As a brand selling vehicles with seven-figure sticker prices, appealing to a youthful buyer is – unsurprisingly – an onerous task. Wealth aside, the stereotypical Rolls-Royce customer is drawn to the brand because they care little about being noticed. Their established sense of identity means they’ve got nothing left to prove – a realisation that really only comes with age. Nevertheless, an ageing fan base is detrimental to any brand, which is why Rolls-Royce launched the vivacious Black Badge in 2016. Appealing to the exuberant shopper, it is Rolls-Royce’s take on the BMW M or Audi RS badge. More aggressive aesthetics, and power to match. Their latest creation comes in the form of the 2022 Ghost Black Badge, a sportier deviation from an already sublime piece of kit, and where better to sample its staggering prowess than amongst its clientele at Crown Towers Sydney?
The thought of conceptualising a car that has incredible road presence, while being understated, is a fascinating paradox that only Rolls-Royce could execute with such success. The facelifted Phantom showcased a new design direction, a less is more approach to the exterior with softer lines and features. The new Ghost debuted in late 2020, channelling Phantom with a minimalist silhouette, characterised by a single piece of aluminium worked into a graceful, draping roofline. Strangely, it appeared more mature than its predecessor but also sedated.
Ghost Black Badge isn’t a subbrand but a permanent bespoke line catering to a new breed of Rolls-Royce buyer; ‘disruptors’ who won’t sacrifice self-expression. From a technical standpoint, the body is still Ghost however it is elevated with striking aesthetic additions. These include – amongst a plethora of incredible features – a ‘subverted’ Spirit of Ecstasy and Pantheon grille, 44-layer carbon composite wheels, black Bolivar and carbon laid veneers, and interior accents darkened using something called physical vapour deposition. It is a manufacturing and innovation tour de force that pays unprecedented attention to every detail.
With comfort such a priority, people often underestimate Rolls-Royce in the driver’s department. Yes, the Phantom and Ghost are designed for passengers, but they’re also designed to be driven, and in the case of the Ghost Black Badge, harder than usual. For the Black Badge, the 6.75-litre twin-turbo V12 has been tuned for additional urgency, increasing power from 420kW to 441kW, and torque from 850NM to 900NM unleashed via a ‘Low’ button on the gear selector. The mode accesses all 900NM from just 1,700rpm while reducing gear shifts and amplifying the engine through an entirely new exhaust. It’s still unnervingly quiet for a V12 but it’s exactly what the doctor ordered for customers who desire a bit more aural personality from the brand.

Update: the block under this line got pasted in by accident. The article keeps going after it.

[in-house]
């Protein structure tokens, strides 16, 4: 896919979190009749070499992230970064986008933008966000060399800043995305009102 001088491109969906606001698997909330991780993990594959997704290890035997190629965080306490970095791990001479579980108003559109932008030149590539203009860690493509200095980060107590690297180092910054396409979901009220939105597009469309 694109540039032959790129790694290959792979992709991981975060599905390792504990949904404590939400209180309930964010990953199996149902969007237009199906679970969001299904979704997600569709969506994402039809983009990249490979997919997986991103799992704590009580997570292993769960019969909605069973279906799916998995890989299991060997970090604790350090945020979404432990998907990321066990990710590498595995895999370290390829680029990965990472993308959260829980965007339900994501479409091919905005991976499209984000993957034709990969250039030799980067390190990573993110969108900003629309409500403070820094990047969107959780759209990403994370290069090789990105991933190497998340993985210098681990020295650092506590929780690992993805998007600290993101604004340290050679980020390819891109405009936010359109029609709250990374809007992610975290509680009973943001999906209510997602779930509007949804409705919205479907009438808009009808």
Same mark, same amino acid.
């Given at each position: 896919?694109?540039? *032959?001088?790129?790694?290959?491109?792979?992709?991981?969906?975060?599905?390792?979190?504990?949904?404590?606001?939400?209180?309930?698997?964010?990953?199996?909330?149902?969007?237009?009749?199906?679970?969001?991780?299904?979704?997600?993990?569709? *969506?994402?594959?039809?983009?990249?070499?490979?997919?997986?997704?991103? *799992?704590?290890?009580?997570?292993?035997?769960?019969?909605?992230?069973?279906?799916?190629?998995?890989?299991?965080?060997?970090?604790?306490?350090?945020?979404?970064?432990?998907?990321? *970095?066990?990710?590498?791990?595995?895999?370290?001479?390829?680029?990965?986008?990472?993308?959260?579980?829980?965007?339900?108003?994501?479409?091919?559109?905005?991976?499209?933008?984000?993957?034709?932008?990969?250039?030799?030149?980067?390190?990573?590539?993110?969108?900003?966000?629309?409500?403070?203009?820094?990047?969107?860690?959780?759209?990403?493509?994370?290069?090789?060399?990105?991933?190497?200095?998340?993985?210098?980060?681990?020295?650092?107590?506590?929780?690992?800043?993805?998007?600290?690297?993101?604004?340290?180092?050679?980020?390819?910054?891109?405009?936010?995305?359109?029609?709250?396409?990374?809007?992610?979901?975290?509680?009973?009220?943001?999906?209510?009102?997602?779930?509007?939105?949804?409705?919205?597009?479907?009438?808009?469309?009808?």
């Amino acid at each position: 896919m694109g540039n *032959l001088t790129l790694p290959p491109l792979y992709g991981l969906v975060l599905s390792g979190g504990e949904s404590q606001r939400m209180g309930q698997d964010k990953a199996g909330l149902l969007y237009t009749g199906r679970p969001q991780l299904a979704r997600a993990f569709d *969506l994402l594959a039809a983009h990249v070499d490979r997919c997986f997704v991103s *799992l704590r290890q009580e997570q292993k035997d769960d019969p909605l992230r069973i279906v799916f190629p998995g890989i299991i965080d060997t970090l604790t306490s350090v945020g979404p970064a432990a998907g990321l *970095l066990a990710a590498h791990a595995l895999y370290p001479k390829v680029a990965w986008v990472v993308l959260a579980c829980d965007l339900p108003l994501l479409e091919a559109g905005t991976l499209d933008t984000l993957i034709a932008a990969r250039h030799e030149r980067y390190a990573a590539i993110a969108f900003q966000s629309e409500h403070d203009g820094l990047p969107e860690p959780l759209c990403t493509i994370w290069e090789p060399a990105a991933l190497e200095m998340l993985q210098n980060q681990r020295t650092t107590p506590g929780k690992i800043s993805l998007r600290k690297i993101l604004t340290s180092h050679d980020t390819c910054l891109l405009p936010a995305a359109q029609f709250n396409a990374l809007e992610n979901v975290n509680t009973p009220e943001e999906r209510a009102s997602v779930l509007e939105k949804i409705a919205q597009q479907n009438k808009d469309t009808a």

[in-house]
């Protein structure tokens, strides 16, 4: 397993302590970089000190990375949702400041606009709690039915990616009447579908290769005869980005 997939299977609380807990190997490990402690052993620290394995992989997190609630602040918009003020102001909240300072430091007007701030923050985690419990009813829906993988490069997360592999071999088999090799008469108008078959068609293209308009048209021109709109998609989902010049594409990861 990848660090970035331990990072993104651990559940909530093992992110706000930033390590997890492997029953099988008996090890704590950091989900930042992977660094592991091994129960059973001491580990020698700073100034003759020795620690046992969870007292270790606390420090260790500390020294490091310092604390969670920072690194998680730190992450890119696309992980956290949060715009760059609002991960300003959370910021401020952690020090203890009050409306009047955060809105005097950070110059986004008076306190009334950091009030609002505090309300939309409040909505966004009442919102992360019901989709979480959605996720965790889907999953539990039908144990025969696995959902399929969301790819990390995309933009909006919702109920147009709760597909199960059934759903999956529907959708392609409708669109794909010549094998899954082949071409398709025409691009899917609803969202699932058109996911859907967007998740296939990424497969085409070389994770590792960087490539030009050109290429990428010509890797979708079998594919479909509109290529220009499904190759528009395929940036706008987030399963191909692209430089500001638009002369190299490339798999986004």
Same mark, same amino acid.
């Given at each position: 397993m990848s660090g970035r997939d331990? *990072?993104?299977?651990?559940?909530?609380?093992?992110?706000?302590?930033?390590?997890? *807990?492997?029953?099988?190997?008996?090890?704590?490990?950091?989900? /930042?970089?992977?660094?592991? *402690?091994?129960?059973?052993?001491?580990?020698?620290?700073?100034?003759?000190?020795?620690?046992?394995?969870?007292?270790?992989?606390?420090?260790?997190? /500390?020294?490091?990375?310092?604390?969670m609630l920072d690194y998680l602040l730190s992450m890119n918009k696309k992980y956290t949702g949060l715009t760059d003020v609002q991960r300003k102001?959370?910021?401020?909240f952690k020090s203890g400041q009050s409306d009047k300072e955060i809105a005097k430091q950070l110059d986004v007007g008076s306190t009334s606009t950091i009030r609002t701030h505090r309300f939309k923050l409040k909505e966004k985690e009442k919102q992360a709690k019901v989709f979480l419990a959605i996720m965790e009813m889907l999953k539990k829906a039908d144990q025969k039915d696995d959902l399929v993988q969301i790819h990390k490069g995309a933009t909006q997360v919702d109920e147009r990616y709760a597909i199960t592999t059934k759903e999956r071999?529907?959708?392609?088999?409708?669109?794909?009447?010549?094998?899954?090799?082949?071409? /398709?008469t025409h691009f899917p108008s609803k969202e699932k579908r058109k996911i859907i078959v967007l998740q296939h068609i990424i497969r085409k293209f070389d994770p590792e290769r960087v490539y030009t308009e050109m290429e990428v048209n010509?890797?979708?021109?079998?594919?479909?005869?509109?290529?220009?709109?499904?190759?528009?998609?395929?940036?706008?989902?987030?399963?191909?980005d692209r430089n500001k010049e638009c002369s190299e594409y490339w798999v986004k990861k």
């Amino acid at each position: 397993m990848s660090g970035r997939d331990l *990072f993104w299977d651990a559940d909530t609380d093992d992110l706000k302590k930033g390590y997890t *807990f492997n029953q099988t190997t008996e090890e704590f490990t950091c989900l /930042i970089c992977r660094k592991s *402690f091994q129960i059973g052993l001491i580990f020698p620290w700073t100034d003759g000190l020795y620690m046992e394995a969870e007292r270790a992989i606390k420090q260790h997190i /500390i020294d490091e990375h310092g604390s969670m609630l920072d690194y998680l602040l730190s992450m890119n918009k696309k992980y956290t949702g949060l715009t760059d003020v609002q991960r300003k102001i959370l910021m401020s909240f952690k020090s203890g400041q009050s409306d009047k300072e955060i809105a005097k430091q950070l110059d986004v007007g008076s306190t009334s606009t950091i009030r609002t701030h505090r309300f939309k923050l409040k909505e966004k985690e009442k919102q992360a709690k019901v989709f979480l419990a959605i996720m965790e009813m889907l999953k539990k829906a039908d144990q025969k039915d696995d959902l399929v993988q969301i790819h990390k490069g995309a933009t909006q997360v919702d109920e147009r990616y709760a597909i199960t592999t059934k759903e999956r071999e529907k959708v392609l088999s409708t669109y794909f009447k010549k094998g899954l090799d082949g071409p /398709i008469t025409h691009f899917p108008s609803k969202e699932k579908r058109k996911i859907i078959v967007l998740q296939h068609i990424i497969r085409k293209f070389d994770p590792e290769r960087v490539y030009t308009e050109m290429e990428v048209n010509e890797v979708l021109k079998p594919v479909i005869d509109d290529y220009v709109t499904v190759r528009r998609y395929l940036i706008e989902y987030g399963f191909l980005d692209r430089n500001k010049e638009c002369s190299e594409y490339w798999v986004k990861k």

Around the streets of Barangaroo, it’s unbelievably easy to drive – perhaps even too light on the steering for a car of 2,490kg – although this plays into the Ghost’s unwavering commitment to peaceful motoring, nothing about it is a strain, except the need to select Apple Carplay, manually, every time you get in. Ultimately, it is a car to be enjoyed on the open road, gliding along the overtaking lane with sickening ease as fellow motorists make room for you. At 15.8 litres/100km consumption (sans spirited ‘Low’ mode squirts) she’s a thirsty beast, however, I doubt buyers are too concerned, even with Premium about to touch $2.50 a litre. For owners who want to be driven, there is Phantom, for owners who want to experience the insatiable waft from behind the wheel, there is Ghost. If that person is you, my question is: why wouldn’t you opt for the more engaging Black Badge?
One must appreciate the process to understand the appeal of Rolls-Royce, and as someone who has visited Goodwood, I do. The Ghost Black Badge is a car that demands awe, always. Passengers are a pinch away from comprehending just how phenomenal it is, while onlookers leaving the Crown lobby can only dream of one day riding in it. With a cabin some deemed ‘too quiet’, it is peerless in terms of ride and cabin serenity, and it’s not uncommon to be lost for words at times. No person has climbed into a Rolls-Royce and climbed out more stressed than before, it is simply not possible, and for that reason alone it is one of the most impressive motor cars on the road. If it wasn’t previously an experience you’ll never forget, it most certainly is with Black Badge.
As I sat in Woodcut and deposited a morsel of Kaluga Caviar into my mouth, washing it down with Charles Hediesicks’ finest, I reflected on Rolls-Royce’s dedication to excess, while setting the benchmark for customisation, luxury, ride, performance and service. For the Black Badge Ghost they have managed to deliver a bold but unobtrusive addition to an already fantastic product, which represents the pinnacle of manufacturing, and motoring. There are a handful of manufacturers building vehicles that strive to offer what the Ghost does, but none do so on the same level, or with the same price tag.
While our test vehicle came with no price (most certainly near or north of $1,000,000), commissions for the Rolls-Royce Ghost Black Badge begin at $745,000. For those with whom money is no concern, it is a car that may present incredible value and purpose. For the vast majority, and plenty of the wealthy, it is a farcical sum to spend on a car – and therein lies the conundrum. Is it three times better than the Mercedes-Benz S450 at $300,000?
The allure of the badge most certainly lies in the eye of the beholder.